Occasionally, Consumerism Commentary readers send in questions or stories they'd like to share with a wide audience. These questions and stories come to me through email, via Facebook, and through this website. Recently, a new reader who discovered Consumerism Commentary due to my multi-year coverage of Bank of America (primarily the articles pertaining to the overdraft fee class-action lawsuit), wanted to share a cautionary tale about the same bank.
It's no surprise that bankers are salespeople. Some are encouraged to sell financial products with compensation like bonuses or commissions, and they are not required to sell products that are in their customers' best interests. Salespeople in any field are there to make money for their companies - that's it. At the same time, consumers look to certain types of salespeople as experts, relying on these professionals to help them navigate complicated products.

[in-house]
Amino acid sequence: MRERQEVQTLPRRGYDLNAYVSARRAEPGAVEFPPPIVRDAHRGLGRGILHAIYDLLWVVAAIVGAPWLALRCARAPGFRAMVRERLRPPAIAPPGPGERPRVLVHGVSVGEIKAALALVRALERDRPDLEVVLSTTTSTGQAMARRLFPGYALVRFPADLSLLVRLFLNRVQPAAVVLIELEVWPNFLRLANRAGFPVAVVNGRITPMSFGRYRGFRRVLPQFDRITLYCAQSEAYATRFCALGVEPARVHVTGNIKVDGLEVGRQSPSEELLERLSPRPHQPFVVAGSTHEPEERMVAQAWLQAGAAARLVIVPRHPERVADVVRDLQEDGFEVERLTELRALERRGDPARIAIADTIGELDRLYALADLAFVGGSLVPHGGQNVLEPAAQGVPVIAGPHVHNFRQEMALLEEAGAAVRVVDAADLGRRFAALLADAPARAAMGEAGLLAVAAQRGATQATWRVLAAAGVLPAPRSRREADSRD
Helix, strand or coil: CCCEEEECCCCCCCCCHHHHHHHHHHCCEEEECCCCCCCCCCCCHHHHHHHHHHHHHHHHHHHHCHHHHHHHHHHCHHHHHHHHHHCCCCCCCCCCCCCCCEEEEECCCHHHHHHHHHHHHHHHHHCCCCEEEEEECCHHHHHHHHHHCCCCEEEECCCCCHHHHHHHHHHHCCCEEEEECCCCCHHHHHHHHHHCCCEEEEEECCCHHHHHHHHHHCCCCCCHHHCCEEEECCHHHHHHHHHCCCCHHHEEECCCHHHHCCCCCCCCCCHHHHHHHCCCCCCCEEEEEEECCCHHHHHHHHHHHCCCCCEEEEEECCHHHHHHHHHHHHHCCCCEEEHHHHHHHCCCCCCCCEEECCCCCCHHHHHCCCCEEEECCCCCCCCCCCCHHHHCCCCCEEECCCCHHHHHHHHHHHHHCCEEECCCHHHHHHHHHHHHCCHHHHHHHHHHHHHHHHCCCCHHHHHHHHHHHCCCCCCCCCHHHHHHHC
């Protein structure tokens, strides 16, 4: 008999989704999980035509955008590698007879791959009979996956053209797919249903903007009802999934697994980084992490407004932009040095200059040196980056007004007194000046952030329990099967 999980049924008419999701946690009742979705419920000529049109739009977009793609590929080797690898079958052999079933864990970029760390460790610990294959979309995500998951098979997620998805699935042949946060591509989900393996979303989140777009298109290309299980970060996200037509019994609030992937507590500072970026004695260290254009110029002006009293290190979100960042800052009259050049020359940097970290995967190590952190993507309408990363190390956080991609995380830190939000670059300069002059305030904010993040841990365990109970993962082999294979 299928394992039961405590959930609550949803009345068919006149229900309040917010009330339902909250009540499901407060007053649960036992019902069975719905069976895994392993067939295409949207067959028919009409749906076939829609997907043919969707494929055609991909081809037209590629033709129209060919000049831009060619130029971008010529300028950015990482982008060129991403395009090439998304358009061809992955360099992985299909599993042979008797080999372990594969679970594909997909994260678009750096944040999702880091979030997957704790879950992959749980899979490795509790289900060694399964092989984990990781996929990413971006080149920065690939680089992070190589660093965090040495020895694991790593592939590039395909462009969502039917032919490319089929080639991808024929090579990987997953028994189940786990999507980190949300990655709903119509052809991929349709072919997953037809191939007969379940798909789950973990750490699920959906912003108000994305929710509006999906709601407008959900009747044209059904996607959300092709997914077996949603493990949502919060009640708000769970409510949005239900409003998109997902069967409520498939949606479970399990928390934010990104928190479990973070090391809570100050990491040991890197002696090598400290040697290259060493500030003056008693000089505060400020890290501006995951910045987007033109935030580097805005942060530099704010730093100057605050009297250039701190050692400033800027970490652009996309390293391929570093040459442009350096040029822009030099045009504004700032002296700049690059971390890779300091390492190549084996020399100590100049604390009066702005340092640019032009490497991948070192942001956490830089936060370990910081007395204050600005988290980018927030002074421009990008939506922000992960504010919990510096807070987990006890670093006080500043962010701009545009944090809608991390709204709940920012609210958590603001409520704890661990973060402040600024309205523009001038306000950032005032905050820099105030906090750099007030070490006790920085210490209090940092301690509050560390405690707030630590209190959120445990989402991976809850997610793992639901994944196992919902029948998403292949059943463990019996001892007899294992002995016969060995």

I've never opened a home equity loan with a bank. I don't have a home or a mortgage, so I don't have personal experience with the type of product discussed in this article. But I took this opportunity to research the subject. There might be financial professionals, planners or advisers who are required by their certification to give advice with their clients' best interests in mind, who might be able to elucidate the issue even further.
I'll share the story in a future article because I wanted to ensure I was more familiar with the particular product, credit life insurance, before addressing the general concern she had. The concern is not with the product itself but with how Bank of America charged her for the coverage, and I'll explain that in detail in a future article.I say the following with no judgment whatsoever about anyone who has knowingly chosen, while understanding what a credit life insurance policy does and does not cover.